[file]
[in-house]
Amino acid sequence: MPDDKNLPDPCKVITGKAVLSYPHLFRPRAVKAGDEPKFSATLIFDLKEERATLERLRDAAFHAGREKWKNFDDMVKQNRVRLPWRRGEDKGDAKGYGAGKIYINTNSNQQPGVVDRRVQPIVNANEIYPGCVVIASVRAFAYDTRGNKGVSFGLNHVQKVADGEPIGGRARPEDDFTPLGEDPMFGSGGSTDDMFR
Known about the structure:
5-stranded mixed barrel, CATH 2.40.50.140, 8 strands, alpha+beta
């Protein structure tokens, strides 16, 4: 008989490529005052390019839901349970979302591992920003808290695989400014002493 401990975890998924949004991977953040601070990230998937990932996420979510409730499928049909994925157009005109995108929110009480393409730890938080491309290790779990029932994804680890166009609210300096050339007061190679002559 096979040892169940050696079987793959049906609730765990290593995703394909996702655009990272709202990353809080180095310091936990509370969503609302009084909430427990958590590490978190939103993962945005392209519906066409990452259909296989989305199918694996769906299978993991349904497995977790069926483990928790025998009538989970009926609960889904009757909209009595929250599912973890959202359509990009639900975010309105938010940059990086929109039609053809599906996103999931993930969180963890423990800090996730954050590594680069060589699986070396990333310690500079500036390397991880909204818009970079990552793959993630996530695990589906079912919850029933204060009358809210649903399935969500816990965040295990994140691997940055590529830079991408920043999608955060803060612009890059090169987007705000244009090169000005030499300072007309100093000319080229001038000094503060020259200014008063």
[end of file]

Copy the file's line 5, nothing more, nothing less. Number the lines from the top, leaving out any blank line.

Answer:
């Protein structure tokens, strides 16, 4: 008989490529005052390019839901349970979302591992920003808290695989400014002493 401990975890998924949004991977953040601070990230998937990932996420979510409730499928049909994925157009005109995108929110009480393409730890938080491309290790779990029932994804680890166009609210300096050339007061190679002559 096979040892169940050696079987793959049906609730765990290593995703394909996702655009990272709202990353809080180095310091936990509370969503609302009084909430427990958590590490978190939103993962945005392209519906066409990452259909296989989305199918694996769906299978993991349904497995977790069926483990928790025998009538989970009926609960889904009757909209009595929250599912973890959202359509990009639900975010309105938010940059990086929109039609053809599906996103999931993930969180963890423990800090996730954050590594680069060589699986070396990333310690500079500036390397991880909204818009970079990552793959993630996530695990589906079912919850029933204060009358809210649903399935969500816990965040295990994140691997940055590529830079991408920043999608955060803060612009890059090169987007705000244009090169000005030499300072007309100093000319080229001038000094503060020259200014008063």